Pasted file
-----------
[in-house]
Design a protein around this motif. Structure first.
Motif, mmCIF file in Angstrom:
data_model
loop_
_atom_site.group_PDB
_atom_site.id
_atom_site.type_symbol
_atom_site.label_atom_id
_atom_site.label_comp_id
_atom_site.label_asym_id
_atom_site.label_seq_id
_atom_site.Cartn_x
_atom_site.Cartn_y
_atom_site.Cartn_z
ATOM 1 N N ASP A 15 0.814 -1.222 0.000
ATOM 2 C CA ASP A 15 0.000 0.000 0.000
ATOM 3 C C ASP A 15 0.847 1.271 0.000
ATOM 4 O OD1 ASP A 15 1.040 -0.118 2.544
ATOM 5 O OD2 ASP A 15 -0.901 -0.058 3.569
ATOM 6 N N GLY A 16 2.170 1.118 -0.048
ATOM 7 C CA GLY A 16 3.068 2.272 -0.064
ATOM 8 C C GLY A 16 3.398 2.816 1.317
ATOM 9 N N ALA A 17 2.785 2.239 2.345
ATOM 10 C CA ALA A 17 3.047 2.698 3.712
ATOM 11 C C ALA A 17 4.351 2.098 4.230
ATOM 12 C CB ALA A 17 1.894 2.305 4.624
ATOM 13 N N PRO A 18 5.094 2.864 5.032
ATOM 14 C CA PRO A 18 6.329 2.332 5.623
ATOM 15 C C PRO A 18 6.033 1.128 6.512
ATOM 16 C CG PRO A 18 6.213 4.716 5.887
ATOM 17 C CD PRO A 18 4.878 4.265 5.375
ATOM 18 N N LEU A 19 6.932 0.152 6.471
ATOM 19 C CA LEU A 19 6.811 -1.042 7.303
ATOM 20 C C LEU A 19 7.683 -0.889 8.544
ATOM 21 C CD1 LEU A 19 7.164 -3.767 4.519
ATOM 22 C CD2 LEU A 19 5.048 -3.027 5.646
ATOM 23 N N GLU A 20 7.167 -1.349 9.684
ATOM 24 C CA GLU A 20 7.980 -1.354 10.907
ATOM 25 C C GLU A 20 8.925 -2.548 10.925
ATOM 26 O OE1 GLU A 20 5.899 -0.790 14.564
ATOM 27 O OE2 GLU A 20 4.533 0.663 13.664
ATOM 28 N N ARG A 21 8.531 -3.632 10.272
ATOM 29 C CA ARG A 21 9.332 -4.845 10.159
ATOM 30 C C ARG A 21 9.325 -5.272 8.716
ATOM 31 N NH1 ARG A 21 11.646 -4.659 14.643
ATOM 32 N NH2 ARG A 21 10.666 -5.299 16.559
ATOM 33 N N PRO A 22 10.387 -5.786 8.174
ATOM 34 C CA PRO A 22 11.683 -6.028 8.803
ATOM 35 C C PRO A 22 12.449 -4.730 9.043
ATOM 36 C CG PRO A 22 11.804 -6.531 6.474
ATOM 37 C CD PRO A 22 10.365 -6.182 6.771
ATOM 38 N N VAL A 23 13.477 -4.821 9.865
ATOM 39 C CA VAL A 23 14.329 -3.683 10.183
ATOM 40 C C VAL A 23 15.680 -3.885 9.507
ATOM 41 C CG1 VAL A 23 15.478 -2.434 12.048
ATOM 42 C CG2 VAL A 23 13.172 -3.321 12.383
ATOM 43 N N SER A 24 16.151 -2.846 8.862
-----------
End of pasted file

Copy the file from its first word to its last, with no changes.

[in-house]
Design a protein around this motif. Structure first.
Motif, mmCIF file in Angstrom:
data_model
loop_
_atom_site.group_PDB
_atom_site.id
_atom_site.type_symbol
_atom_site.label_atom_id
_atom_site.label_comp_id
_atom_site.label_asym_id
_atom_site.label_seq_id
_atom_site.Cartn_x
_atom_site.Cartn_y
_atom_site.Cartn_z
ATOM 1 N N ASP A 15 0.814 -1.222 0.000
ATOM 2 C CA ASP A 15 0.000 0.000 0.000
ATOM 3 C C ASP A 15 0.847 1.271 0.000
ATOM 4 O OD1 ASP A 15 1.040 -0.118 2.544
ATOM 5 O OD2 ASP A 15 -0.901 -0.058 3.569
ATOM 6 N N GLY A 16 2.170 1.118 -0.048
ATOM 7 C CA GLY A 16 3.068 2.272 -0.064
ATOM 8 C C GLY A 16 3.398 2.816 1.317
ATOM 9 N N ALA A 17 2.785 2.239 2.345
ATOM 10 C CA ALA A 17 3.047 2.698 3.712
ATOM 11 C C ALA A 17 4.351 2.098 4.230
ATOM 12 C CB ALA A 17 1.894 2.305 4.624
ATOM 13 N N PRO A 18 5.094 2.864 5.032
ATOM 14 C CA PRO A 18 6.329 2.332 5.623
ATOM 15 C C PRO A 18 6.033 1.128 6.512
ATOM 16 C CG PRO A 18 6.213 4.716 5.887
ATOM 17 C CD PRO A 18 4.878 4.265 5.375
ATOM 18 N N LEU A 19 6.932 0.152 6.471
ATOM 19 C CA LEU A 19 6.811 -1.042 7.303
ATOM 20 C C LEU A 19 7.683 -0.889 8.544
ATOM 21 C CD1 LEU A 19 7.164 -3.767 4.519
ATOM 22 C CD2 LEU A 19 5.048 -3.027 5.646
ATOM 23 N N GLU A 20 7.167 -1.349 9.684
ATOM 24 C CA GLU A 20 7.980 -1.354 10.907
ATOM 25 C C GLU A 20 8.925 -2.548 10.925
ATOM 26 O OE1 GLU A 20 5.899 -0.790 14.564
ATOM 27 O OE2 GLU A 20 4.533 0.663 13.664
ATOM 28 N N ARG A 21 8.531 -3.632 10.272
ATOM 29 C CA ARG A 21 9.332 -4.845 10.159
ATOM 30 C C ARG A 21 9.325 -5.272 8.716
ATOM 31 N NH1 ARG A 21 11.646 -4.659 14.643
ATOM 32 N NH2 ARG A 21 10.666 -5.299 16.559
ATOM 33 N N PRO A 22 10.387 -5.786 8.174
ATOM 34 C CA PRO A 22 11.683 -6.028 8.803
ATOM 35 C C PRO A 22 12.449 -4.730 9.043
ATOM 36 C CG PRO A 22 11.804 -6.531 6.474
ATOM 37 C CD PRO A 22 10.365 -6.182 6.771
ATOM 38 N N VAL A 23 13.477 -4.821 9.865
ATOM 39 C CA VAL A 23 14.329 -3.683 10.183
ATOM 40 C C VAL A 23 15.680 -3.885 9.507
ATOM 41 C CG1 VAL A 23 15.478 -2.434 12.048
ATOM 42 C CG2 VAL A 23 13.172 -3.321 12.383
ATOM 43 N N SER A 24 16.151 -2.846 8.862